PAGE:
A week before I left Vancouver for New York, I finally had Chinese food that brought me round. It was at a restaurant that was about a three-minute walk from the office that I had worked at for nearly three years. Do not worry, I have slapped myself silly for my stubbornness. Why I finally went? I wanted to try dan dan mian—spicy, porky noodles that are often listed in the appetizer section of Sichuan-style Chinese restaurants. The prospect of a bowl of chewy noodles definitely has power over me. That is why I eventually also found a taste for ramen as well. Almost too al dente is how I like my noodles, and the ones at Peaceful were perfect for schooling this picky eater. I was smitten.

This did not mean that once I arrived in this East Coast mecca of Chinese food that I was all about finding more noodles. Smitten—not in love. There was too much good pizza and too many good sandwiches for me to indulge in here in New York before I could make time for exploring Chinese. Still, for a long time, I wanted to make the big foodie trip out to the Chinatown in Flushing, Queens to hit a bunch of different places on one visit and appreciate the variety of tastes that Chinese cuisine has to offer. Finally, this summer I did so. Located at the end of the 7 subway line, Flushing is not really a place you visit for a quick noodle fix. I hit up many of the stalls and quick-service restaurants that make it easy to get one thing, eat, and then move on to the next. There are too many resources that list what the greatest hits are and where to find them, so I will refrain from repeating what a quick Google search will yield. (But I did like this one for the inclusion of the map.)

Not surprisingly, the biggest hit for me that day in Flushing was the plate of Chengu-style cold noodles from Chengdu Tian Fu. The Sichuan kiosk is in the basement of the Golden Shopping Mall. And that is “mall” in the loosest sense of the word. Based on a post by a Queens-based blogger, I was there specifically for these noodles and these noodles alone.

Chengdu-style cold noodles

Chengdu-style cold noodles

Dreams came true that day. The noodles were oh-so-chewy and cool for the summer heat. The garlic was aggressive in a way you secretly always want it to be despite knowing you might have to talk to someone afterward. The chili oil and black vinegar resulted in a perfect sour-spicy kick, with the heat registering more as tingly lips than a burning throat. I think that is the special ma la quality often spoken of in regards to Sichuan peppercorns.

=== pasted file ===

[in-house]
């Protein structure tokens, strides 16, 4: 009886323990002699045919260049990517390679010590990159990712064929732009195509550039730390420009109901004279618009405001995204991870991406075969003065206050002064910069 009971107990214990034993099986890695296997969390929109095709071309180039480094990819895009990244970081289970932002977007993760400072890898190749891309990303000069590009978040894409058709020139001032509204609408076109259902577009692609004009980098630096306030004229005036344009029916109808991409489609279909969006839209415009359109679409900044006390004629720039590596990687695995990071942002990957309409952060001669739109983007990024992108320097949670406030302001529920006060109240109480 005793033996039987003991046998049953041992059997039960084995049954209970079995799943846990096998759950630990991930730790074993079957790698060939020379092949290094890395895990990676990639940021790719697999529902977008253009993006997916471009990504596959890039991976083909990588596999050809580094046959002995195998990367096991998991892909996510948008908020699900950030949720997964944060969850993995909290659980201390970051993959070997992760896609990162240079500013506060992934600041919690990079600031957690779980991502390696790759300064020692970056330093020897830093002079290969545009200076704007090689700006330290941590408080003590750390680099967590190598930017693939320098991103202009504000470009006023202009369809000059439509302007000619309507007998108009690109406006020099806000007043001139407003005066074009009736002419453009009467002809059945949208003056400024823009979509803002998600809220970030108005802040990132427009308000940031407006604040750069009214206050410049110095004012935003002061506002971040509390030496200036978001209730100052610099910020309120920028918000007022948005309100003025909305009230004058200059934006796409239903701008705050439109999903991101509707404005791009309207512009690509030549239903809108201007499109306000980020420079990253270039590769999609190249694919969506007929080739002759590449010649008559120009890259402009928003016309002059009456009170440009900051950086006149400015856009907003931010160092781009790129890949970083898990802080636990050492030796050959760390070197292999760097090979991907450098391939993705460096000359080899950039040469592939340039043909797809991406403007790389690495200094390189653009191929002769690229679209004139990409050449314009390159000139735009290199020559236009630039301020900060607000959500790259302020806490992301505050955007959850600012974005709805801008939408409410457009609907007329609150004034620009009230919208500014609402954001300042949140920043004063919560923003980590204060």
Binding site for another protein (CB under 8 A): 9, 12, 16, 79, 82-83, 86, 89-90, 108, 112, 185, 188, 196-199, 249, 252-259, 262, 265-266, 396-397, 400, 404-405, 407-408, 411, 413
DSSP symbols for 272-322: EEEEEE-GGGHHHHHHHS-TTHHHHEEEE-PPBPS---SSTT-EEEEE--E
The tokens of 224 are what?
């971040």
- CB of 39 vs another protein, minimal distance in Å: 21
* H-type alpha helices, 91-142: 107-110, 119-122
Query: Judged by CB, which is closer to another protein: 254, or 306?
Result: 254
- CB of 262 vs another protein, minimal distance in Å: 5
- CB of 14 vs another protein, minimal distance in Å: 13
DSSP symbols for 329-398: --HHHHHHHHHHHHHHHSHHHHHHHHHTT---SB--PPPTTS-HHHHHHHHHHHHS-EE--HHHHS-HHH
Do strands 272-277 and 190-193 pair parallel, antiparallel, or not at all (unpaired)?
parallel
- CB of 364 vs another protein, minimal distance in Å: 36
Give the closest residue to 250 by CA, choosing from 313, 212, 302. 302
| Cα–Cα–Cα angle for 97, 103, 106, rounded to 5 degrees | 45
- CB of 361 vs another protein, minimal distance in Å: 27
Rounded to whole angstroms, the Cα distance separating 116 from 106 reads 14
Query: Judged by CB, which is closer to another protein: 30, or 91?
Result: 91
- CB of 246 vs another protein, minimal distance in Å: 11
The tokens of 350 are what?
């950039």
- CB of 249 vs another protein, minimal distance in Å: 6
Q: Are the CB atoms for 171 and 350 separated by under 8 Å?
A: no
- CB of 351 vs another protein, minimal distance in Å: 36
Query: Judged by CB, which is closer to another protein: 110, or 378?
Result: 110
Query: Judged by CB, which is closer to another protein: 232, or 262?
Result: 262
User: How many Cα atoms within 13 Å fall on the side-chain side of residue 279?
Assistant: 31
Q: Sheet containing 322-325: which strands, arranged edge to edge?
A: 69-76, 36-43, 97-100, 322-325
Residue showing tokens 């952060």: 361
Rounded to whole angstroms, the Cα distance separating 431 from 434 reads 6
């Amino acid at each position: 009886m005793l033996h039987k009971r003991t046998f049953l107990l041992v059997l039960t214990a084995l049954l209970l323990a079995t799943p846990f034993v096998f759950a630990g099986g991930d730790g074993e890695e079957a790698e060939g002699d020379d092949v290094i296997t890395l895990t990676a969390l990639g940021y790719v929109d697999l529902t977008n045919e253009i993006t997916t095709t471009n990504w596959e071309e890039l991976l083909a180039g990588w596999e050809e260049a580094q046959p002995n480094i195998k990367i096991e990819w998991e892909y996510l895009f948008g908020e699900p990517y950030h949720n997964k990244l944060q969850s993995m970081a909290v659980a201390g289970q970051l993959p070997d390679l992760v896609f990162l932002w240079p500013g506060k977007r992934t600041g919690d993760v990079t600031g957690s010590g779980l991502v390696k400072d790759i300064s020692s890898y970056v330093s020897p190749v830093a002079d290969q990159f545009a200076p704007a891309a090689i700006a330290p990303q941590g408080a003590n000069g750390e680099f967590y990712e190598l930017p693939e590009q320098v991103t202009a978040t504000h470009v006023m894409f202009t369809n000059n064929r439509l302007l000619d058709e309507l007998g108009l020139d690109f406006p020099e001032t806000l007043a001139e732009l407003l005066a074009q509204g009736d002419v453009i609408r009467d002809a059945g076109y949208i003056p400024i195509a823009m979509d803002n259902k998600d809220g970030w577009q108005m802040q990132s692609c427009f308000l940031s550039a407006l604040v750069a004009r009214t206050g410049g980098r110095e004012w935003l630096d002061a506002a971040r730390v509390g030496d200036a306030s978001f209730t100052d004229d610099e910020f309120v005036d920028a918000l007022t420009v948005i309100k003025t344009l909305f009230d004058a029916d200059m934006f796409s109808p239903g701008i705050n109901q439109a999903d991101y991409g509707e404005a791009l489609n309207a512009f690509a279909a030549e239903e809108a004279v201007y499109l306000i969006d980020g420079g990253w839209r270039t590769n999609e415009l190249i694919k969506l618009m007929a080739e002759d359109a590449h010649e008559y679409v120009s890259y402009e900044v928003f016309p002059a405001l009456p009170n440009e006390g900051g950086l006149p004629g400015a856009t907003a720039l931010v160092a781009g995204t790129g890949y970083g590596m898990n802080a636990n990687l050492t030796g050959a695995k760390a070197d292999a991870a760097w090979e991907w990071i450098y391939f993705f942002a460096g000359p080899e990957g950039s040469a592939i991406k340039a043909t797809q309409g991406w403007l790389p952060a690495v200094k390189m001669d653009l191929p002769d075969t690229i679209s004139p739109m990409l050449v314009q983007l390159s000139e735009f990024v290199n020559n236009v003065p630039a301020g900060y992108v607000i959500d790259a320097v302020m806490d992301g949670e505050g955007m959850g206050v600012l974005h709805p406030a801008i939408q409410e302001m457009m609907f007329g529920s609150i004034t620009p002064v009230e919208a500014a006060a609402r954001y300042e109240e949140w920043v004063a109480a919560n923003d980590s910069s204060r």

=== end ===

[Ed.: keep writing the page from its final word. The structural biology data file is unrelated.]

All I could think of on the train ride home was, more. More soon.
Less than two weeks later I was back. Turns out Flushing could be a place for a quick noodle fix.

IMG_3434-0.JPG

Pre-mix dan dan noodles

So, when the heat subsided and a fall chill made itself apparent, I went back to the basement to try the dan dan noodles. Although warm instead of cold and with a good dose of ground pork, the dan dan noodles were almost like the fraternal twin to the cold ones. The same chew, the same heat, but with just a few other extras like the pork and bok choy. A strong arm for mixing is required to ensure all the good bits are scattered thoroughly and the sauce evenly coats. But the work is well rewarded by mouthfuls of slick strands.

More soon, says the Chinese food convert.

IMG_3435-0.JPG

Post-mix dan dan noodles

Thanksgiving specials at Momofuku Milk Bar

I cannot say that I’m a devoted fan of the Momofuku empire. Devoted liker, maybe, having some memorable meals at both the Noodle and Ssam Bars here in New York. I’m definitely interested in going to Momofuku Ko, and I’m intrigued by the switch to a State Bird Provisions-esque dim sum style at Ma Peche, but I rarely have a strong pull toward the peach. Perhaps it’s because I’ve always been a bit sour on David Chang’s personality. But I’ve warmed considerably since working my way through season one of “Mind of a Chef” on Netflix.

The Momofuku Milk Bar, however, has always been a place I’ve desperately wanted to be a true fangirl for, especially because of my love of soft serve ice cream. But I always end up at a point of apathy. The highs and lows I’ve experienced even out to a feeling of, “Okay, I guess I’ll try ____ because I’m right in front of the shop.”

My first taste of Milk Bar chief Christina Tosi’s soft serve was when there was only one shop in the East Village. I fell hard for the horchata in 2009. That was back in the good old days when it was just the one shop and everything was made on site. The cookies you saw on display, greasing up the parchment under them, were the cookies you could actually buy. Now, with multiple shops across the city and in Toronto, everything is made in a central commissary and then delivered. Feel free to call me a snob, but I’m not so down with buying treats that have travelled. It’s irrational, I know, but it reminds me too much of Starbucks pastries. But I understand the logistics and economics behind it. And if it means more people get to have Milk Bar treats, that’s not a bad thing… yadda yadda yadda.

Also feel free to call me crazy, but there’s something unique about the texture of the soft serve. It’s kind of gluey? Sticky? It has a different mouth feel, moves differently on a utensil, and melts differently than most other soft serves I’ve had. I would not be offended if I’m the only one to feel this way. But it’s there for me, and it prevents my soft-serve-loving heart from ever declaring Milk Bar the best in my books. Same goes with the taste. No matter which flavour I try, they all have the same aftertaste. I’m 68% confident that in a blind tasting, I could identify Milk Bar soft serve based on aftertaste alone. I think it’s the large amounts of sugar or sweetener. Despite Tosi’s great insistence on the importance of salt in sweet treats (hooray!), she still can easily tip the balance to too sweet too often (or always). But I think that’s her thing, given how childhood nostalgia plays a role in her baking. Maybe all the sugar is the culprit in the texture issue, too?